To Be Competitive

Monday, October 21, 2013
posted by elizabeth @ 7:54 PM

Losing is a gift for a child.  I am at that point in life where my children play organized sports.  Organized sports means competitive play.  It’s an opportunity to teach kids how to work as a team and how to win and lose.  Unfortunately there is some naive, populist thinking amongst the coddling crowd that keeping score, having winners and losers isn’t fair.  Everyone is a winner.  We need to protect self-esteem.  It might hurt their darling child’s feelings.   They don’t keep score, or they limit points and everyone gets a trophy for showing up.  This is a joke.   It’s narcissism.  It’s creating children who have no sense of reality.  They live in, as Adam Carolla aptly says, a “snow globe world” where it’s always beautiful and snowing.  Life is pretty.  Nothing is bad.  The coddling crowd is creating children who are narcissistic and unprepared for the real world.  They’re fostering a world where accolades are more important than achievement, and mediocrity is praised. 

Many of the coddling crowd who want fairness are the same parents who want to know the details of the classes their child is taking in college.  They get the syllabus for each class and call their child and/or the professors to be sure the kid is doing homework and studying for tests.  I have news for the coddling crowd.  Life is not fair.  Life is not going to be nice to your child when they leave the nest.  The real world does not care about self-esteem.   It’s built on competition.  There are winners and losers.

Don’t get me wrong.  We must teach sportsmanship.  As my friend Mano DeAyala, who is in the leadership of the Spring Branch Memorial Sports Associations says, you teach kids not to kick opponents in the stomach once you have your cleat on his neck.  I agree.  Eventually you rotate players and take out your best talent.

Competition and keeping score is important because it teaches good values.  Kids must learn to be good losers and winners.  Losing builds character.  I hear my kids say, “daddy that’s not fair.”  My response, “life isn’t fair, get used to it.”  The concept of fairness is nonsense.  When we try to create a world that is so-called fair, we create mediocrity, laziness and worst of all, envy.  Envy is one of the worst evils.  I don’t allow the word fair in my house or my business.   What I support and strive to create is fairness of opportunity. Envy leads to failure and bitterness.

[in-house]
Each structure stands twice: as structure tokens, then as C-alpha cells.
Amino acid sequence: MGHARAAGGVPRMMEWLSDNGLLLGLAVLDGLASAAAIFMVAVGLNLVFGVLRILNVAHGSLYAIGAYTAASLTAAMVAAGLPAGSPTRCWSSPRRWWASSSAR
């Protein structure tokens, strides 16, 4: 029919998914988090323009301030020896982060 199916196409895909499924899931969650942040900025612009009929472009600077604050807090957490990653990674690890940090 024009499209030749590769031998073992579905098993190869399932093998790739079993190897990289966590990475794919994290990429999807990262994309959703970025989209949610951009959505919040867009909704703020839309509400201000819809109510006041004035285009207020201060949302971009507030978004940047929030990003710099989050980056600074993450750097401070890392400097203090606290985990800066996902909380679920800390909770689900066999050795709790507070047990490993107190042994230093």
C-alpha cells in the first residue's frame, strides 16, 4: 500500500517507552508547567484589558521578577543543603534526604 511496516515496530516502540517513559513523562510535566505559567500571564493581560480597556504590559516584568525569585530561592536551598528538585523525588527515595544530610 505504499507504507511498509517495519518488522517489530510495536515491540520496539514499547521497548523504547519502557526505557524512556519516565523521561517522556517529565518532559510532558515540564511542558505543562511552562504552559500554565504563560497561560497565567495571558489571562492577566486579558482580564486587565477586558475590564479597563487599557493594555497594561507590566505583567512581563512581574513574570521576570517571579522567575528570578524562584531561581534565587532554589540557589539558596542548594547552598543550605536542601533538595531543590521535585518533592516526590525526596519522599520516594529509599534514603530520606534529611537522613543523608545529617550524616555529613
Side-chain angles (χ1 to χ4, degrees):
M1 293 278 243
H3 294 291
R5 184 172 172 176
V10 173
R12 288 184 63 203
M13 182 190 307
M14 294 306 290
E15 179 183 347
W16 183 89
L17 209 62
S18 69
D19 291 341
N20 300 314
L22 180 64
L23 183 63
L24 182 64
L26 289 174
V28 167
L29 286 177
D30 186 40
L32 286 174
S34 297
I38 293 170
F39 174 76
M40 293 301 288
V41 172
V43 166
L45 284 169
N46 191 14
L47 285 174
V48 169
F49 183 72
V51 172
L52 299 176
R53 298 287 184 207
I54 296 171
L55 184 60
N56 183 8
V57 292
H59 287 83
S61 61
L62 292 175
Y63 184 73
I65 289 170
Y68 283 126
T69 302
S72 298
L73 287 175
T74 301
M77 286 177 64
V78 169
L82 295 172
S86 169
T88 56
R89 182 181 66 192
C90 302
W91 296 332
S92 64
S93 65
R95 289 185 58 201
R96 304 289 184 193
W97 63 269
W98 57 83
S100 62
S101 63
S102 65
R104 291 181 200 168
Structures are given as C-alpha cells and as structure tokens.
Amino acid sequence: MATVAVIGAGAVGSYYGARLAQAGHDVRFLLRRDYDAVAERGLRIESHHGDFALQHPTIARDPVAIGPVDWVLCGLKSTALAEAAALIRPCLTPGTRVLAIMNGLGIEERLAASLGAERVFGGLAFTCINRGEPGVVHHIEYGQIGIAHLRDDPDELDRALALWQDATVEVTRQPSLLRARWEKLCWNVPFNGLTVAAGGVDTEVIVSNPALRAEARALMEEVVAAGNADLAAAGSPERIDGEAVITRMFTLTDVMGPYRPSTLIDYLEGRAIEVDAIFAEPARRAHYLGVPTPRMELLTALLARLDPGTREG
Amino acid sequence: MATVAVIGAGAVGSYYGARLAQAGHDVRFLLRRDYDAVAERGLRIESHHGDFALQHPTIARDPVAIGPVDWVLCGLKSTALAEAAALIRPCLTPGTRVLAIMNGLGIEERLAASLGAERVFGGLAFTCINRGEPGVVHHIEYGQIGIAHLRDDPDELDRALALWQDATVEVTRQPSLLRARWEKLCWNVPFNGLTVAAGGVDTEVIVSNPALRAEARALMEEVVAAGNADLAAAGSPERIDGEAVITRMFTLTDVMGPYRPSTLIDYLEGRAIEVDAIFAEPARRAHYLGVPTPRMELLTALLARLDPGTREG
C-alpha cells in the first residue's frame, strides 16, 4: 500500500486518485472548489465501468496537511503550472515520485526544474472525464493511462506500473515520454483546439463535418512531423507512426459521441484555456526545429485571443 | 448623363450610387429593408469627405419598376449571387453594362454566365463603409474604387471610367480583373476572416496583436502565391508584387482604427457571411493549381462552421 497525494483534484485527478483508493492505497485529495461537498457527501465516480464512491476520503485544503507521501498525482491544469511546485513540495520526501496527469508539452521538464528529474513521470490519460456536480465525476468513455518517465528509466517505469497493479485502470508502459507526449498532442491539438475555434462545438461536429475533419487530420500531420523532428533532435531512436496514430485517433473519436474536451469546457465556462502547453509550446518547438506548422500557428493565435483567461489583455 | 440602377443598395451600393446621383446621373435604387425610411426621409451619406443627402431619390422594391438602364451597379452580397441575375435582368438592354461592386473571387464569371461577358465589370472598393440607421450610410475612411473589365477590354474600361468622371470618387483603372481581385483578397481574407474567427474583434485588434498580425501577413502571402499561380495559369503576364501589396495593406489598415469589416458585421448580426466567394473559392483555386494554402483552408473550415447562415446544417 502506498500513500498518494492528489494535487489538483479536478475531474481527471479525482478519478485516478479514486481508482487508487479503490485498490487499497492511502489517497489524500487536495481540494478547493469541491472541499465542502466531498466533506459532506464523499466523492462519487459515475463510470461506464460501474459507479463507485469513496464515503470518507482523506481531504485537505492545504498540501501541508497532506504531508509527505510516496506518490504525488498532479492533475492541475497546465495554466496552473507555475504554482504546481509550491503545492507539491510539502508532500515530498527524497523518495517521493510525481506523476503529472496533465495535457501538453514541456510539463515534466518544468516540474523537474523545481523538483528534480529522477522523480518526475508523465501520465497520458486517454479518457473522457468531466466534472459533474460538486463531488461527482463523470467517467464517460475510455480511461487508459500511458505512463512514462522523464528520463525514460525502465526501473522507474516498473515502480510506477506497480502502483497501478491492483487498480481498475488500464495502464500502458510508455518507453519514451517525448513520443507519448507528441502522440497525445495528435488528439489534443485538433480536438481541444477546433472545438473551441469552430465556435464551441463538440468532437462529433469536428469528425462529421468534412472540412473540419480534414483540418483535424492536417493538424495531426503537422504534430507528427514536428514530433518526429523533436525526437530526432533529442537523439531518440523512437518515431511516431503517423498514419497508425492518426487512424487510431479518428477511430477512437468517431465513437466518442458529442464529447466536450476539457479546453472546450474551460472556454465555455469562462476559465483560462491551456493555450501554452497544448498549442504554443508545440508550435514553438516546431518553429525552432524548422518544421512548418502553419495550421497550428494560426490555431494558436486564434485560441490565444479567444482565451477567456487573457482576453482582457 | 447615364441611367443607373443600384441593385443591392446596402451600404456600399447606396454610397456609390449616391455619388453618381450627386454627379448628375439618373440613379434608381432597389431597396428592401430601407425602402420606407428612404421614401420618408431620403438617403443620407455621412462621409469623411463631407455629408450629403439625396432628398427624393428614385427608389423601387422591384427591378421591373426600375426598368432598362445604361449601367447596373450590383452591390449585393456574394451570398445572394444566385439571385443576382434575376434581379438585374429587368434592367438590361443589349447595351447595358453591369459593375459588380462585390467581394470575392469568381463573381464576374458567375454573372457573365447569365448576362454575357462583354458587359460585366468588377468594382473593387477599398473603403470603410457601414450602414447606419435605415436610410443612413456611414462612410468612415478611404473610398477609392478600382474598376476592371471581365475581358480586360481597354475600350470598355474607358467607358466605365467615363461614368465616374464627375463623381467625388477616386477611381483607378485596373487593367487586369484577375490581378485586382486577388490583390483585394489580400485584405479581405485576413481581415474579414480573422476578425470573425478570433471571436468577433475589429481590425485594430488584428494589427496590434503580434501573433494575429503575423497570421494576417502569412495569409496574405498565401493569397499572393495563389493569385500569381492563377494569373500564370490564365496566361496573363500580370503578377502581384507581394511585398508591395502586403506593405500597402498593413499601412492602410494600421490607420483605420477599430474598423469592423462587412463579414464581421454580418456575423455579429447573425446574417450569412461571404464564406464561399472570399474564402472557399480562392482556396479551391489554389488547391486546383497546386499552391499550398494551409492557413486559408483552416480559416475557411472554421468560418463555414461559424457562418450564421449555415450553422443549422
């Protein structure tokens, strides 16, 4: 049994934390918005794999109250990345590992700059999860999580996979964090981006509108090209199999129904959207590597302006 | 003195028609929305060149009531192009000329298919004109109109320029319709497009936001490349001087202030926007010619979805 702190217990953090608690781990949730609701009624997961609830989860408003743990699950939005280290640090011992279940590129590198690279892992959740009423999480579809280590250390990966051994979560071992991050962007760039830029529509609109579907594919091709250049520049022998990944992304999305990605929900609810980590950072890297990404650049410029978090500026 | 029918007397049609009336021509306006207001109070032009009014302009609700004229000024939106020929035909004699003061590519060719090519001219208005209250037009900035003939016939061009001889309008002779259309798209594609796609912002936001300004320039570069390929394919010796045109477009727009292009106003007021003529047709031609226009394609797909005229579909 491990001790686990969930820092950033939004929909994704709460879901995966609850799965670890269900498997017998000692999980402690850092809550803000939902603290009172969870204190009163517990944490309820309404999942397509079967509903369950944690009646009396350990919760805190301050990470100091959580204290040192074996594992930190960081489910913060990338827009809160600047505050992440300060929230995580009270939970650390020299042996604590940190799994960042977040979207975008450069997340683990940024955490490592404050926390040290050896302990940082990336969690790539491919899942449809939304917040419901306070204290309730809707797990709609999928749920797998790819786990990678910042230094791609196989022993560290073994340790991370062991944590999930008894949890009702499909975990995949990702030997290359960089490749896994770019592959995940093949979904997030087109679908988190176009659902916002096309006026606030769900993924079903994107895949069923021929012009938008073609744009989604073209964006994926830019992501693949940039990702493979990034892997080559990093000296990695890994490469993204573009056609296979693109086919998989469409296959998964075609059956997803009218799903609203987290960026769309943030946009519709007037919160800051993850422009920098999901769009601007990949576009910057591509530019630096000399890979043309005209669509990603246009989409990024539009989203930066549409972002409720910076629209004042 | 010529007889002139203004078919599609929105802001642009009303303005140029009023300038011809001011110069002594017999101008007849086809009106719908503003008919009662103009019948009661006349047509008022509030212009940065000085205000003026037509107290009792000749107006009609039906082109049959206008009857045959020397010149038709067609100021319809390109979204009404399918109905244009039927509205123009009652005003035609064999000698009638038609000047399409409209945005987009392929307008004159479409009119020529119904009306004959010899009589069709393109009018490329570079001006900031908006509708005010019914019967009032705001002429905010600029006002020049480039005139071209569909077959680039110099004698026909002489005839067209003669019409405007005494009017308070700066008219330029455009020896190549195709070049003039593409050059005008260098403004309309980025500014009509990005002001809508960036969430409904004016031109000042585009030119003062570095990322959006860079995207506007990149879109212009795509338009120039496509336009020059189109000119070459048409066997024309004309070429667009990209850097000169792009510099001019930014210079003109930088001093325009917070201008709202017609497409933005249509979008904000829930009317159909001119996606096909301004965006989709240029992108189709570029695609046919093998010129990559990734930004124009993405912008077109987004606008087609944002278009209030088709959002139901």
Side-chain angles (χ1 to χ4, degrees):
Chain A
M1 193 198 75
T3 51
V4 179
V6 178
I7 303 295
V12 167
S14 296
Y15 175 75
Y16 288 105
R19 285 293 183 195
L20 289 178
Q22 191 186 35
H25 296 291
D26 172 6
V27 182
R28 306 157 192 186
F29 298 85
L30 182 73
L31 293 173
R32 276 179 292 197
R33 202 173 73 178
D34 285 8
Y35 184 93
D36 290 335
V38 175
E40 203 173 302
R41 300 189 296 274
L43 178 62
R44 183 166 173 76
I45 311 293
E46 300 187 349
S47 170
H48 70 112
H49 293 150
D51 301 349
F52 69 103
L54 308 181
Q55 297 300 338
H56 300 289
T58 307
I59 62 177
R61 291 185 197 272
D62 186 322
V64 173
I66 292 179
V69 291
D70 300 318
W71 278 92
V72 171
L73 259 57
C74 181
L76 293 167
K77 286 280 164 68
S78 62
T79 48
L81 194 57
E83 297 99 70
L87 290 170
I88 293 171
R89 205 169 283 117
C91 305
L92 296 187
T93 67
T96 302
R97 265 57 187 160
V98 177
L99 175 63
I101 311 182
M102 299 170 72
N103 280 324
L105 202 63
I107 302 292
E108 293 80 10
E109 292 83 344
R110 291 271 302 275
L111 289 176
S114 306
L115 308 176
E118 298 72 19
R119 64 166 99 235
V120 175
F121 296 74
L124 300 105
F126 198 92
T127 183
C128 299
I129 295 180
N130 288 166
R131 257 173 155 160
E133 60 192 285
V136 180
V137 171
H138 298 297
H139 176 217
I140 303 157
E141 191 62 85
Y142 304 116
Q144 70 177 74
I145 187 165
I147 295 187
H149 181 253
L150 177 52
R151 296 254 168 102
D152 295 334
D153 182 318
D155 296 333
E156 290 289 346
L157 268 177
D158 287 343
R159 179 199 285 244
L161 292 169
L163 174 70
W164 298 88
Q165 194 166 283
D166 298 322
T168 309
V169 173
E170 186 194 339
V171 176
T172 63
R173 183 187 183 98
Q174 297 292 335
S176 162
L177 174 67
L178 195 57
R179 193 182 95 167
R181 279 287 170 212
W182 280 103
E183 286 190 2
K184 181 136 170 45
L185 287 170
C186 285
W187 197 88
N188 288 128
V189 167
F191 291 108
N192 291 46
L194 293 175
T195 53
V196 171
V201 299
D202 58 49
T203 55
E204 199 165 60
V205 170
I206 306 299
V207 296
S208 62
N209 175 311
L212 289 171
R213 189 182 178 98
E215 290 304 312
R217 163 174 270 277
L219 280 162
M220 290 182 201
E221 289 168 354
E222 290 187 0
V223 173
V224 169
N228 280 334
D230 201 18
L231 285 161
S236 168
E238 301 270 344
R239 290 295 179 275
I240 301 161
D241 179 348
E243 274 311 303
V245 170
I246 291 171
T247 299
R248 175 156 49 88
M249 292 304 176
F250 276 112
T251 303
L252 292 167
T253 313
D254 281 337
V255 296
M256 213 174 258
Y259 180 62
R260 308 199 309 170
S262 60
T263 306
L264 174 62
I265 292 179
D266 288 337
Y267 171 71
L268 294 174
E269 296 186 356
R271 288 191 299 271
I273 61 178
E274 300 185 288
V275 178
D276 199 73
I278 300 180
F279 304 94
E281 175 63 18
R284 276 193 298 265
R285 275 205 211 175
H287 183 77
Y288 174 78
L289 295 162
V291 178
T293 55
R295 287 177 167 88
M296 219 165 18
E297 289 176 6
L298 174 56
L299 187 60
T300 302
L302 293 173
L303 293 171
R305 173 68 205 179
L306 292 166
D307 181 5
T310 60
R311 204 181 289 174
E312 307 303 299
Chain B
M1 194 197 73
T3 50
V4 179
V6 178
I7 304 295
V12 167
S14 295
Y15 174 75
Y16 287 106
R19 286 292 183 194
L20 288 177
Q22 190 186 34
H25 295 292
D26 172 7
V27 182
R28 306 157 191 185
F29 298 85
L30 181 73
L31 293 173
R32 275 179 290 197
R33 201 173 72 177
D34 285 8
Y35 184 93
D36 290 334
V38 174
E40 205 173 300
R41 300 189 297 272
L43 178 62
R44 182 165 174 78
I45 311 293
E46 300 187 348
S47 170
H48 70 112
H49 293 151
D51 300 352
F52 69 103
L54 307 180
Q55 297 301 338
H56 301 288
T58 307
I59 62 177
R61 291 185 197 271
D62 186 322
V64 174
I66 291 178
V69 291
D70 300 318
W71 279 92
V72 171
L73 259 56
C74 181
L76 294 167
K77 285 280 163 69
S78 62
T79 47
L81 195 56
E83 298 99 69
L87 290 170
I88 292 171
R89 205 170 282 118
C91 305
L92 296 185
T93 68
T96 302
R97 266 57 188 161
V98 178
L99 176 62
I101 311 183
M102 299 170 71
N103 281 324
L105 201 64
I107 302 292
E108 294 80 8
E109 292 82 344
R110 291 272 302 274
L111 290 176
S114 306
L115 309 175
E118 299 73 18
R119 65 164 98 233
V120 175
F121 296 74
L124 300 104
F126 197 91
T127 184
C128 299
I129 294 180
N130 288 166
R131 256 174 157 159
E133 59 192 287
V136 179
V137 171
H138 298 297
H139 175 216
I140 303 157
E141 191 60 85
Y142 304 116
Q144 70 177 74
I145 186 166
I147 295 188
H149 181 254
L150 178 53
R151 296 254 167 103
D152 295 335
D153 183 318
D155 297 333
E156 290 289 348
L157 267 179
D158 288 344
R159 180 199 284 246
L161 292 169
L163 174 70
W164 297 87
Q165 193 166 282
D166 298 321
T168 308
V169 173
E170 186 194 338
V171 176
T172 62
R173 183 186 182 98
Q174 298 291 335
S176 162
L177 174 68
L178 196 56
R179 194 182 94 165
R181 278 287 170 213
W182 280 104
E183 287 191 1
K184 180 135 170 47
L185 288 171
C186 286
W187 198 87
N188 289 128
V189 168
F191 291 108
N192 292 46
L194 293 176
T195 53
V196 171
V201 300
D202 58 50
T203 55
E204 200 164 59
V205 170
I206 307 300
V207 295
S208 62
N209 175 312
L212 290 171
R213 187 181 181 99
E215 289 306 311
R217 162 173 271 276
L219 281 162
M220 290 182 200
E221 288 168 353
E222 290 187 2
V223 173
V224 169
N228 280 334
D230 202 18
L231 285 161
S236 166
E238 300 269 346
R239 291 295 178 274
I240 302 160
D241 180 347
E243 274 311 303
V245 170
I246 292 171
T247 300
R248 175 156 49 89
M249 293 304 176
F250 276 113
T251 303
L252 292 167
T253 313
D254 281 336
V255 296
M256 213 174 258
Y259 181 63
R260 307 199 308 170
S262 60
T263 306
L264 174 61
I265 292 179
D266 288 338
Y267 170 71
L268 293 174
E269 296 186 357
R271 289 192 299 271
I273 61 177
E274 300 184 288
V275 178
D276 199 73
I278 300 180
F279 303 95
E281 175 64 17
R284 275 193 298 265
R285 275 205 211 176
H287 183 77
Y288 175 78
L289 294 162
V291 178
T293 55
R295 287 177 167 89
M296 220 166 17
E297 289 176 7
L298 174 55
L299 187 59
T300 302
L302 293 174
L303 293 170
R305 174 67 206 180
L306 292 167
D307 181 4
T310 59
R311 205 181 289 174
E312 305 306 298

Another news flash for the coddling crowd, when your child gets in the real world their peers are going to compete hard to get that job your kid wants.   Not everyone is a winner.  You don’t get a participation trophy.  You don’t get the job because you applied for it.  The coddling crowd is creating kids who aren’t mentally prepared to enter the workforce and work within the Big Team Little Me approach.  They are fostering an entitlement mentality.  Boston University professor and director of sports and exercise Leonard Zaichkowsky said it best.  “We also have to teach kids to be mentally tough, to take criticism, to experience failure, to learn somebody wins and somebody loses.” 

The coddling crowd’s kids are often referred to as the millennials. They are lazy and have an unhealthy sense of entitlement.   The Wall Street Journal did an article on these children.   Some of what I read was appalling, unrealistic and arrogant.   One of the kids claimed that if their bosses don’t cater to them they will leave and become entrepreneurs.   I want to see that fool a couple of years from now when their business is shuttered because they couldn’t compete.  Growing a business and winning clients is hard work.  It isn’t fair.  Wait, mommy and daddy will bail them out, call their competition, explain they are wounding their baby’s self-esteem and being unfair.  The reality is that there are winners and losers.  You better prepare your kid or they will end up on the dung heap of history or back home mooching off of you and the hard working American tax payer.  To quote Congressman Ted Poe, “that’s just the way it is!” 

-Andrew Biar

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